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Author Topic: Inverter question  (Read 843 times)
Danny
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« on: December 05, 2006, 07:33:35 AM »

What configuration has been done in hooking up the inverter and the main electrical panel - separated subpanel for things that will be ran off of inverter?

Thanks,
Danny
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H3Jim
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« Reply #1 on: December 05, 2006, 07:54:41 AM »

I just hooked the inverter up to one leg of my distribution panel.  Since the inverter also will  pass through, I hooked up the shore and generator power one leg through the inverter, the other leg straight to my panel.  Shore and generator are on a transfer switch.  Works very well.
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Buffalo SpaceShip
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« Reply #2 on: December 05, 2006, 11:36:24 AM »

My inverter was hooked up where everything runs through the inverter and its internal transfer switch (30A). On our last trip last month, this became a problem when we needed more "juice" to charge the house batts, run the block heater, coffee pot, etc. It kept tripping the inverter's transfer switch breaker and I had to shed loads that I shouldn't have had to if it was hooked up differently.

This Spring, I'll install 50A, 4 wire service and hook it up the way Jim describes. Certain things like the block heater and water heater would never be run from the inverter... either genset or shore-powered. So one leg powers the inverter and its loads (or internally switches them), the other leg all of the other stuff we only use when plugged in or running the genset. My inverter is even "two-leg friendly"... allowing one leg for loads and another leg for batt. charging, preventing shore-power trips when the batts are really discharged.

You could also use a subpanel... but seems like it would be more work and more $... unless it allows more flexibility in your layout, or you want to only have 30A, 3 wire service.

HTH,
Brian B.
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Brian Brown
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Nick Badame Refrig/ACC
1989, MCI 102C3, 8V92T, HT740, 06' conversion FMCA# F-27317-S "Wife- 1969 Italian/German Style"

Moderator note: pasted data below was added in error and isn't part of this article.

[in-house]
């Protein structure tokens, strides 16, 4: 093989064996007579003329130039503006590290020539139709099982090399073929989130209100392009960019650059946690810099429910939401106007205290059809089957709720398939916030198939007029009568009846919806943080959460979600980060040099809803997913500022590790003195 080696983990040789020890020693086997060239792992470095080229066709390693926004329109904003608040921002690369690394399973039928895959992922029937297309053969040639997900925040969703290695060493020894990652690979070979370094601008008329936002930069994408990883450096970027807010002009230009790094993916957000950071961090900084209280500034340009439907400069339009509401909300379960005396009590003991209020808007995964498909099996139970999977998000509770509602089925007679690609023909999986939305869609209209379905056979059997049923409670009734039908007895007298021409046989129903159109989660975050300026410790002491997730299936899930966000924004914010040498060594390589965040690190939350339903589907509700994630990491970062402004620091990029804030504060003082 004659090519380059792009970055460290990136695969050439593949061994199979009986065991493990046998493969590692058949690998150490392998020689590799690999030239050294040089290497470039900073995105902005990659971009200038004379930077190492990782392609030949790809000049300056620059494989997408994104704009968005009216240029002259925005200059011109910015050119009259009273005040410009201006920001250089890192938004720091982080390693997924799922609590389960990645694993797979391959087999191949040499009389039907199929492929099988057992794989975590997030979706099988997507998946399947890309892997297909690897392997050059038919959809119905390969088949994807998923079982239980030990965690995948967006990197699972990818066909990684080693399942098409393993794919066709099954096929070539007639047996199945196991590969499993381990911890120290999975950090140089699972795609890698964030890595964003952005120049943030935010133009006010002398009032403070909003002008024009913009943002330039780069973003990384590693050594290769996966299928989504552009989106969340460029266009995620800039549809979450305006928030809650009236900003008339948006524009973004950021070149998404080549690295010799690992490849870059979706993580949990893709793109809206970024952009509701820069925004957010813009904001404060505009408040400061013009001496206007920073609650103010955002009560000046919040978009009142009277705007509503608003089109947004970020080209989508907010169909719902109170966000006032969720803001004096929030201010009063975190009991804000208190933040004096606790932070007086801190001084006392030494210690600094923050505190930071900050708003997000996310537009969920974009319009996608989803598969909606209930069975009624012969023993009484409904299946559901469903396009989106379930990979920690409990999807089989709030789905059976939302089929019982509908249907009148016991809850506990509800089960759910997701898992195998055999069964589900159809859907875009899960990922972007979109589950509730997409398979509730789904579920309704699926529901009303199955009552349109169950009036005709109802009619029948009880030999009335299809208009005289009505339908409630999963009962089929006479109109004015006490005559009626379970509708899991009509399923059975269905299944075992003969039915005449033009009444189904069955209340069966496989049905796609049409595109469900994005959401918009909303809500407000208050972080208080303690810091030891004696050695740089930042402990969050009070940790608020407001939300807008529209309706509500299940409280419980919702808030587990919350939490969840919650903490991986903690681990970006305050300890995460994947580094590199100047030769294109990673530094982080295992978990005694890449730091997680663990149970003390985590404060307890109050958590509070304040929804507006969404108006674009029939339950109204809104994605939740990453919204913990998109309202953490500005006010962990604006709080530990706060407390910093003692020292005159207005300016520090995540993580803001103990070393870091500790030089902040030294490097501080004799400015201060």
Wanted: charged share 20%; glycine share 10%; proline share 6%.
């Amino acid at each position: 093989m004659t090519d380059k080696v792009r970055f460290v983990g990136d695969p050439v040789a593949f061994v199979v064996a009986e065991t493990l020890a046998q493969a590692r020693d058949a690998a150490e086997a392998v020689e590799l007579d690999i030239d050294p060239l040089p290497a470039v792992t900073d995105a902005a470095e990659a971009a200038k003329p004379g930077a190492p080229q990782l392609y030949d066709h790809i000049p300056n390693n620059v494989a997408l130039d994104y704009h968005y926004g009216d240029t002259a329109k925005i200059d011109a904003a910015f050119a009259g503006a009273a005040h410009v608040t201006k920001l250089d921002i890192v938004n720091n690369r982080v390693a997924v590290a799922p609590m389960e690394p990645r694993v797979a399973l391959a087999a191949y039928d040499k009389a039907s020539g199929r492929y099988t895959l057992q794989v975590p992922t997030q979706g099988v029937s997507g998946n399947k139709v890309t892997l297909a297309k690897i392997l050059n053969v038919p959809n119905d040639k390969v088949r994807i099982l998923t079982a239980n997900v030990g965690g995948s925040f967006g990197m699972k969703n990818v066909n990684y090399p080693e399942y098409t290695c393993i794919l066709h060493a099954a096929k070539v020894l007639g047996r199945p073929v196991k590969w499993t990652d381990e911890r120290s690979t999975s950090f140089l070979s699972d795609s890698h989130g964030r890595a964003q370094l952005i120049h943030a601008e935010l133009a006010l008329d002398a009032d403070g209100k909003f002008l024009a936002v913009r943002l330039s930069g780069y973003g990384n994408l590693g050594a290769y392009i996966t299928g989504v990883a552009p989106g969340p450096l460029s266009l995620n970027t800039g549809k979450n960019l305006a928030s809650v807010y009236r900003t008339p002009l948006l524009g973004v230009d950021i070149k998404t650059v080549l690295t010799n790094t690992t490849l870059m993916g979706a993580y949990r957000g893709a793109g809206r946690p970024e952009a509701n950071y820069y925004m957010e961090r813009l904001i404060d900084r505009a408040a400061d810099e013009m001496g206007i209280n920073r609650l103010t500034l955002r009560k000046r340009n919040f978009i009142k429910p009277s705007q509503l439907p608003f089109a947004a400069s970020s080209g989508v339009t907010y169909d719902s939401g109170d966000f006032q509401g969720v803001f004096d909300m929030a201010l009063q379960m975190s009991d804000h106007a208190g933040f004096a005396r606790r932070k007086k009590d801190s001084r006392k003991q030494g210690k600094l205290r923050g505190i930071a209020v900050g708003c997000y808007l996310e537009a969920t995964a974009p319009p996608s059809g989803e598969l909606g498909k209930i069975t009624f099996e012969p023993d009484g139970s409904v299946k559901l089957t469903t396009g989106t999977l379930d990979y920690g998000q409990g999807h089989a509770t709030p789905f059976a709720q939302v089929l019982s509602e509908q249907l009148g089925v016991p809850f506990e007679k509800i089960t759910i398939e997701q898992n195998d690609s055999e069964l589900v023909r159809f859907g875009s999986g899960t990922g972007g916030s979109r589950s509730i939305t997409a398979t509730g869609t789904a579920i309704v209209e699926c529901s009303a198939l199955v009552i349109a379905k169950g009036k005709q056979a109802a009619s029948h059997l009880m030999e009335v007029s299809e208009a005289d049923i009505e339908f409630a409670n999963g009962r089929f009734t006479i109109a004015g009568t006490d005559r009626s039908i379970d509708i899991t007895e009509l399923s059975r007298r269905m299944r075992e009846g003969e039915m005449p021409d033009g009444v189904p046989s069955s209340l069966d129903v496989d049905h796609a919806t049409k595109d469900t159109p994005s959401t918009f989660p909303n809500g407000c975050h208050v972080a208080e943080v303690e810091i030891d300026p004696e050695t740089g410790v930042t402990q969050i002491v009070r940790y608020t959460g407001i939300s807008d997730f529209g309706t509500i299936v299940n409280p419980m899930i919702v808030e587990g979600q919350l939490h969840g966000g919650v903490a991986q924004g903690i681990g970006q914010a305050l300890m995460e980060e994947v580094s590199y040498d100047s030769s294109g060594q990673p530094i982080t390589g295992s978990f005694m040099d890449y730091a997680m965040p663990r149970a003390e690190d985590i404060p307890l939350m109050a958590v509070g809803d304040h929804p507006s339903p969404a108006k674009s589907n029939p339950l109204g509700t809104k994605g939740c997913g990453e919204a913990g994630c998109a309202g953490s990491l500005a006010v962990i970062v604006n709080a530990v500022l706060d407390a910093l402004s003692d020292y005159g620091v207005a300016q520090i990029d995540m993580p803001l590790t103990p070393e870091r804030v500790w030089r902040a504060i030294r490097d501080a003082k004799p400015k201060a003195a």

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« Reply #3 on: December 05, 2006, 02:30:06 PM »

Hi Danny,

I have setup my inverter to supply both legs in the Panel. This way I can choose what I want to run off the inverter, or Not.

My RS3000 has a 50 amp internal transfer switch built into it.  And, it passes two true legs of 50 amps. when plugged into shore power.

Another plus with the RS3000 is the power monitoring capability  of all the voltages, charging stages, state of battery banks, Volts, hertz,

and draw of the banks. Forget all the little guages you might have to buy with other systems.. It's all in one here.

Good Luck
Nick-
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Ross
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« Reply #4 on: December 05, 2006, 06:55:24 PM »

I also have the RS3000 and I think it's set up just like Nicks.  The inverter powers two legs of 120V in the main panel.  Loads are distributed evenly across the two legs.  The inverter powers the whole bus.  When it's plugged in it passes 50A straight through.  The switch from shore power to inverter happens so fast the satellite reciever doesn't even go off line.  With my old inverter I had UPS backups on the receivers to keep them online the shore to inverter switch.  That's not nessessary with the RS3000.

I think it depends on which inverter you go with.  The less expensive ones are better wired to a subpanel.  The smarter sine wave inverters work better powering the entire panel...and the larger ones have the capacity to run just about anything on the inverter. 

Ross
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